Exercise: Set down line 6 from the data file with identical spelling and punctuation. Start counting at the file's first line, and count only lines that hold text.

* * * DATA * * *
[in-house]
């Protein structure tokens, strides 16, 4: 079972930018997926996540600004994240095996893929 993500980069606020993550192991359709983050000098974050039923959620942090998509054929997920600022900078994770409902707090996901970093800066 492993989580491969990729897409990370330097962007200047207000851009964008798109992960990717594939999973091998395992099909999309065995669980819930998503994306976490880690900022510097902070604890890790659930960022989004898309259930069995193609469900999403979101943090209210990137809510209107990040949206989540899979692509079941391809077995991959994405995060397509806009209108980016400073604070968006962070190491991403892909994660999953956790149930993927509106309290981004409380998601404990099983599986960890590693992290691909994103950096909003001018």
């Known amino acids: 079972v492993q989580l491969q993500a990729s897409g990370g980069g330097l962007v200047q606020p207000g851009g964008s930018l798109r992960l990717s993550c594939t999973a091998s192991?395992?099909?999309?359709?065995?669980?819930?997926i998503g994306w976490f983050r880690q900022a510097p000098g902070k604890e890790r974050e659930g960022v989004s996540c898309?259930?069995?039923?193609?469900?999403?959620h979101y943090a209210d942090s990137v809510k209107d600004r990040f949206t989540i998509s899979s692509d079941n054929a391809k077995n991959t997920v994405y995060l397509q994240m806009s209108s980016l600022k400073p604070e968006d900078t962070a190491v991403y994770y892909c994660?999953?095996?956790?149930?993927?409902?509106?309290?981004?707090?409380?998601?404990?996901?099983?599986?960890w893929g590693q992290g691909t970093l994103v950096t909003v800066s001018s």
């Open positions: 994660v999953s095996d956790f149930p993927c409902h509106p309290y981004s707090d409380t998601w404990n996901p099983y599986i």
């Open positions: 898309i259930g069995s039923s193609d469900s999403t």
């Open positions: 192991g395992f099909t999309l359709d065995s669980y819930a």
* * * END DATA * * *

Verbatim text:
């Open positions: 192991g395992f099909t999309l359709d065995s669980y819930a």